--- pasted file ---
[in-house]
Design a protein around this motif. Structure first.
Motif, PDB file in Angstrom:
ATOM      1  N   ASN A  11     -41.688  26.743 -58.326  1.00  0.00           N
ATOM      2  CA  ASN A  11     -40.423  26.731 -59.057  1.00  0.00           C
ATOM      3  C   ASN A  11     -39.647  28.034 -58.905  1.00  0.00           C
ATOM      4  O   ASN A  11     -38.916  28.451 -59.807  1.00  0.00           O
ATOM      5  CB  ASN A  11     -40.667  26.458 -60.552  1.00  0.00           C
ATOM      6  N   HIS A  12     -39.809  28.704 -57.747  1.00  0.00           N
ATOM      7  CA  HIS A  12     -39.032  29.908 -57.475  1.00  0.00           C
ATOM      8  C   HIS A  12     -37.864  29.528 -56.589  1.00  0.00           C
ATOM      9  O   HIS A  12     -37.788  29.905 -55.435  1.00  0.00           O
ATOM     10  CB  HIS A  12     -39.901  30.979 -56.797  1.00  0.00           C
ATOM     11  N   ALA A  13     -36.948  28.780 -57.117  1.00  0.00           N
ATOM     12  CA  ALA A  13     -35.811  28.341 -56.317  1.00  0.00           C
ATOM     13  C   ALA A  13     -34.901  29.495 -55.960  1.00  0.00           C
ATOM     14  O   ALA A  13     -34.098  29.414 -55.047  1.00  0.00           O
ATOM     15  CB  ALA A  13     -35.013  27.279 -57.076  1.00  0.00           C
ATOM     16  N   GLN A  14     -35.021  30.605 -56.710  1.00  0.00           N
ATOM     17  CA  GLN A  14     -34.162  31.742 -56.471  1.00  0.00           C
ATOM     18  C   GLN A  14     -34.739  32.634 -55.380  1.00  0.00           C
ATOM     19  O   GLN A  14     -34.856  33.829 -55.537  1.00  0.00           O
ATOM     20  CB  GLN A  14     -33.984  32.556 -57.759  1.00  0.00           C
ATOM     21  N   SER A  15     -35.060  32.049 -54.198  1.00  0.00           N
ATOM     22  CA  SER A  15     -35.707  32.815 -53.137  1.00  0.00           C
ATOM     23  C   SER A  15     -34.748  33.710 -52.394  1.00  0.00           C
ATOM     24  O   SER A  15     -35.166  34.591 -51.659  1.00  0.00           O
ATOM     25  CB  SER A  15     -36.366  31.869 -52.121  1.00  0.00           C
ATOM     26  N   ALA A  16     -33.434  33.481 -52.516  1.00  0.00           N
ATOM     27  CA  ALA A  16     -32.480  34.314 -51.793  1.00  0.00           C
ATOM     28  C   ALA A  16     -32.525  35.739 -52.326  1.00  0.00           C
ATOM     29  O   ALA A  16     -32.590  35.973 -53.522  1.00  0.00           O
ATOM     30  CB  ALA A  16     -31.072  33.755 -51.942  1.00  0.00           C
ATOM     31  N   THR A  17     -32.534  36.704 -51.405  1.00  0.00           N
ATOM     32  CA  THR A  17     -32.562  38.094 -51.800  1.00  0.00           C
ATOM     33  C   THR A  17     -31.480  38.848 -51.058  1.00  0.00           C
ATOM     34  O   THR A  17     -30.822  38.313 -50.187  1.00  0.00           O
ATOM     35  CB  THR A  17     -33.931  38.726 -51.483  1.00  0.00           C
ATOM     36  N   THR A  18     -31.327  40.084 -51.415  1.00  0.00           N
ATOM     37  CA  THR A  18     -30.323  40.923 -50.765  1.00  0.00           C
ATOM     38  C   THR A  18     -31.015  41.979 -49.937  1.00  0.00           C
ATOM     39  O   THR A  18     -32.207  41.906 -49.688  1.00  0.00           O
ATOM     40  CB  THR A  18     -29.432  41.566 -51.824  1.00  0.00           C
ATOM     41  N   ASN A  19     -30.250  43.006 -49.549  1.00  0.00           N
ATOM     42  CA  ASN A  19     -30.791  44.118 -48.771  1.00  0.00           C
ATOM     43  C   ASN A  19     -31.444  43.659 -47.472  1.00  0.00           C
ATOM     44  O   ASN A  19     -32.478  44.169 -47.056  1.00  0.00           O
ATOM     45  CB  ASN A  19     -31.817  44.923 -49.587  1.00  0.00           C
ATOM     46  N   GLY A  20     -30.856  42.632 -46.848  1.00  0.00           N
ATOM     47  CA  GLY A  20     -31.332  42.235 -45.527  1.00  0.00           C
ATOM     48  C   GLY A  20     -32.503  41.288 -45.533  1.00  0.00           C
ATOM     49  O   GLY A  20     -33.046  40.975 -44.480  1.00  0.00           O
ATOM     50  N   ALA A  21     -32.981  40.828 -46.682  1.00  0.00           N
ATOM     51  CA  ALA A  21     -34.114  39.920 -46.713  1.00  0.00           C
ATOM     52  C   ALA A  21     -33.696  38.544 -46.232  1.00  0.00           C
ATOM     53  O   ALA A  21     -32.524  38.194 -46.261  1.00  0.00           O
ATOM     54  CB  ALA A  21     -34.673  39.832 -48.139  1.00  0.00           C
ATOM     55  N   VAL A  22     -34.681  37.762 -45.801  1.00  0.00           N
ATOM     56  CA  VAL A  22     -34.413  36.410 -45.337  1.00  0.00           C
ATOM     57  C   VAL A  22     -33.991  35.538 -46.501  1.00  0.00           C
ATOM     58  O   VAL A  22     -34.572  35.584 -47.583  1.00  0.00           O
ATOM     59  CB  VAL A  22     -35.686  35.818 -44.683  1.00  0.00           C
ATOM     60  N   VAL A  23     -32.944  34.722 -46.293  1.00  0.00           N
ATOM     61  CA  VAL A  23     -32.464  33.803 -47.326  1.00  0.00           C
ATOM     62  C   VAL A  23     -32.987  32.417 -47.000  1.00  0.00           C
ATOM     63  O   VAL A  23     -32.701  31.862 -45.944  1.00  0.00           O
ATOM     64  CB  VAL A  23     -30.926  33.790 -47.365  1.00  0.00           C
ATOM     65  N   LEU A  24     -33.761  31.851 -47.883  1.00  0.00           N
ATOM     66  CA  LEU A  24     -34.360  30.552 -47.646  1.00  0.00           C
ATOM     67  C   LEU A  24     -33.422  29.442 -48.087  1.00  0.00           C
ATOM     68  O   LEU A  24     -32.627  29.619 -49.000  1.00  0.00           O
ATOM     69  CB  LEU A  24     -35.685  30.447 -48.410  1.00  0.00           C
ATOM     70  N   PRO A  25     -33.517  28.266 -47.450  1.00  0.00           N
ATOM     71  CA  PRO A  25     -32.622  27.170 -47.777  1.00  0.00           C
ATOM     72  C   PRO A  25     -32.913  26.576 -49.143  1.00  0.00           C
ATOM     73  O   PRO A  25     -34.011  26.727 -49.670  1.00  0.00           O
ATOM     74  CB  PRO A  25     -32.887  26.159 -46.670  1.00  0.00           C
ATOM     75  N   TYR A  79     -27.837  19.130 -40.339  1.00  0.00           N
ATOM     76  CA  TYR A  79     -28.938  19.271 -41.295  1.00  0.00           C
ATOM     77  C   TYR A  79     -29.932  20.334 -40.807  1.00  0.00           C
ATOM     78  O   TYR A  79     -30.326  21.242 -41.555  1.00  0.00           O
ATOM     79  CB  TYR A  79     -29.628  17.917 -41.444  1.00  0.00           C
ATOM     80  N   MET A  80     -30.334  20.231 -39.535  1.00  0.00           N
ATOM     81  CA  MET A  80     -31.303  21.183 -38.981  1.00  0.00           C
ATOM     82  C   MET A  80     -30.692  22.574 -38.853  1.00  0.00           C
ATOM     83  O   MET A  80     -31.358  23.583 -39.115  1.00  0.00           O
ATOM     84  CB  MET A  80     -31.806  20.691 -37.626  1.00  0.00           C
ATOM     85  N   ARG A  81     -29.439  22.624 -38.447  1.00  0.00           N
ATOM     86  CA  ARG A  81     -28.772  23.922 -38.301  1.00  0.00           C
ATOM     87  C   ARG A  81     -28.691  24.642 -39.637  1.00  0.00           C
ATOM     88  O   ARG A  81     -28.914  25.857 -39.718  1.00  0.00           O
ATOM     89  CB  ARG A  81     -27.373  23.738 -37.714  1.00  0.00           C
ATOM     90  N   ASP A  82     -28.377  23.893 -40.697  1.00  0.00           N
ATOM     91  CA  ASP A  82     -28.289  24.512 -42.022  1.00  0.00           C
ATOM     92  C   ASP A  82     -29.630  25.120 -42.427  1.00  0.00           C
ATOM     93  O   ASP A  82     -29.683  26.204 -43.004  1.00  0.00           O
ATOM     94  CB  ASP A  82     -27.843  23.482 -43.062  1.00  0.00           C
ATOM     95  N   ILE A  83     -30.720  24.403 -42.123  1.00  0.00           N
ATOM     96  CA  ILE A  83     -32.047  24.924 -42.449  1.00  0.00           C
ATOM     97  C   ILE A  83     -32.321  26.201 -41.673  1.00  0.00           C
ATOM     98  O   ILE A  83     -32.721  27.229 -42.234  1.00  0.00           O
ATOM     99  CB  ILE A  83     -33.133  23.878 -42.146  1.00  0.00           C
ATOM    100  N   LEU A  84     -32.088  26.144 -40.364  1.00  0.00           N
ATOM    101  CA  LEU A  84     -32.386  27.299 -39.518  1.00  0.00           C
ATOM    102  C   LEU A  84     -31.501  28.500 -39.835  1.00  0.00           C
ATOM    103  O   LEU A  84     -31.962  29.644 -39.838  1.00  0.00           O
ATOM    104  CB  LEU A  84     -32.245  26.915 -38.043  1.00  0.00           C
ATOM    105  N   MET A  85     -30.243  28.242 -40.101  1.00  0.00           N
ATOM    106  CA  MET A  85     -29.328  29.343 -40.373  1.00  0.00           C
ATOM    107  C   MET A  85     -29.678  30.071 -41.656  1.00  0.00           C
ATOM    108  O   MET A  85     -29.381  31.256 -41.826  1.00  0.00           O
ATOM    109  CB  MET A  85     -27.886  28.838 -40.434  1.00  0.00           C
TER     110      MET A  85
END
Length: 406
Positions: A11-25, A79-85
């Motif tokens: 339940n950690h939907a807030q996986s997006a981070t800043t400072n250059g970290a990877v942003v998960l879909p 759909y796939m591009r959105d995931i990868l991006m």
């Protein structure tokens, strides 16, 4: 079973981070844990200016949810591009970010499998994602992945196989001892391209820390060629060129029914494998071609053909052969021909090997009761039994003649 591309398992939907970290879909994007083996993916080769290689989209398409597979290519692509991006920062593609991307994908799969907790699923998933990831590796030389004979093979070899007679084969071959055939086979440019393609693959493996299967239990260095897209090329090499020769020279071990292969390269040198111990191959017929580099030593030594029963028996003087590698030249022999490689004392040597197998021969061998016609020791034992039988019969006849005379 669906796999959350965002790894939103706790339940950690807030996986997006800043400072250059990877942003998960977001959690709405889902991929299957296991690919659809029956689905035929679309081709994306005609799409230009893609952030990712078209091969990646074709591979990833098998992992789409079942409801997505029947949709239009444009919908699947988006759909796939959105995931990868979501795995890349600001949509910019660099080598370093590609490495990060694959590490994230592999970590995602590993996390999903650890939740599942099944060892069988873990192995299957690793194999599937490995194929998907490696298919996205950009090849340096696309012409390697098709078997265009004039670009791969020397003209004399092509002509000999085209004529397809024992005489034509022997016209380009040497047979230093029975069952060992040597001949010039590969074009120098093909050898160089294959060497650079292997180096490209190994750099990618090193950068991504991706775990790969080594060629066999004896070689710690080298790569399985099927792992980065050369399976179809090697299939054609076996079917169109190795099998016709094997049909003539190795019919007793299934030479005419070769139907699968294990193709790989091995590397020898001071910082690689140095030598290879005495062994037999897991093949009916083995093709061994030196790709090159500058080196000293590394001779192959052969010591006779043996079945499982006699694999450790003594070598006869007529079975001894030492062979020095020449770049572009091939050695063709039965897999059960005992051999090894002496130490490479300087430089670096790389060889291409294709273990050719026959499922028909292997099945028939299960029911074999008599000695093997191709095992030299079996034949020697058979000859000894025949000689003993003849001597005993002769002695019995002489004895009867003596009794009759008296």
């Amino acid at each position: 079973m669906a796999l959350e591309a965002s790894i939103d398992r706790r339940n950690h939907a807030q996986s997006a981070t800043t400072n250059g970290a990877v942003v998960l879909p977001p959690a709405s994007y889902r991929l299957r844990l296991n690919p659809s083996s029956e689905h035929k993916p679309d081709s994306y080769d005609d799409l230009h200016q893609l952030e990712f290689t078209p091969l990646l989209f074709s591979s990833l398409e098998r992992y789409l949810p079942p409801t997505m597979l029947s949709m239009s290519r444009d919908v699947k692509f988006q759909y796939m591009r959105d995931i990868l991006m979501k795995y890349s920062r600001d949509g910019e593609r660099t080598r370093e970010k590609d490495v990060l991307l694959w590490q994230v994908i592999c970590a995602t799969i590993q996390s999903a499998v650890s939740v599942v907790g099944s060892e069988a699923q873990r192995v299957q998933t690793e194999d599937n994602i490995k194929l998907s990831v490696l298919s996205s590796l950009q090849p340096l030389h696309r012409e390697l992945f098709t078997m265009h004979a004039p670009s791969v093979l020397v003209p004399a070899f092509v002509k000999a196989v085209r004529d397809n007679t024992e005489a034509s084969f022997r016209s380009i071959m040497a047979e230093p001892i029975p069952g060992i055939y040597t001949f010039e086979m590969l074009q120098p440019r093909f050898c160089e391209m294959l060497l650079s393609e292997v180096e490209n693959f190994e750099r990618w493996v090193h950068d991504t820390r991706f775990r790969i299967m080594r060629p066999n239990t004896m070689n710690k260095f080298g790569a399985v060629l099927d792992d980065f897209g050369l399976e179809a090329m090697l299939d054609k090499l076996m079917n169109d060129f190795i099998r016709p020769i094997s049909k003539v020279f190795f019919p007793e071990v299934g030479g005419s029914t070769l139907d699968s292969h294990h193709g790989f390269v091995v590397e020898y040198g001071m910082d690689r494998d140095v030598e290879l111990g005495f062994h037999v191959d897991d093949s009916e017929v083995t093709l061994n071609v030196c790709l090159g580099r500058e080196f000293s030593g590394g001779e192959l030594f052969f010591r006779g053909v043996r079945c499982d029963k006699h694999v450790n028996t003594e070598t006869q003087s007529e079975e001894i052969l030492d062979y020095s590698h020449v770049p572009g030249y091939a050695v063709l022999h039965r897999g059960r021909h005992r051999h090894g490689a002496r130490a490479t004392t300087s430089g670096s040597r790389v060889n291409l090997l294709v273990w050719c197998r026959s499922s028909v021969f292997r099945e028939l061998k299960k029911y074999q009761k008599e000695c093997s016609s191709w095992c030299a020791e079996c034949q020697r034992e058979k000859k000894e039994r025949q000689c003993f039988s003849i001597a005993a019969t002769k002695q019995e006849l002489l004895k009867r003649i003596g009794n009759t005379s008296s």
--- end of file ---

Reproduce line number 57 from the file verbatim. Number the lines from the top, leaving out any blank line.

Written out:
ATOM     54  CB  ALA A  21     -34.673  39.832 -48.139  1.00  0.00           C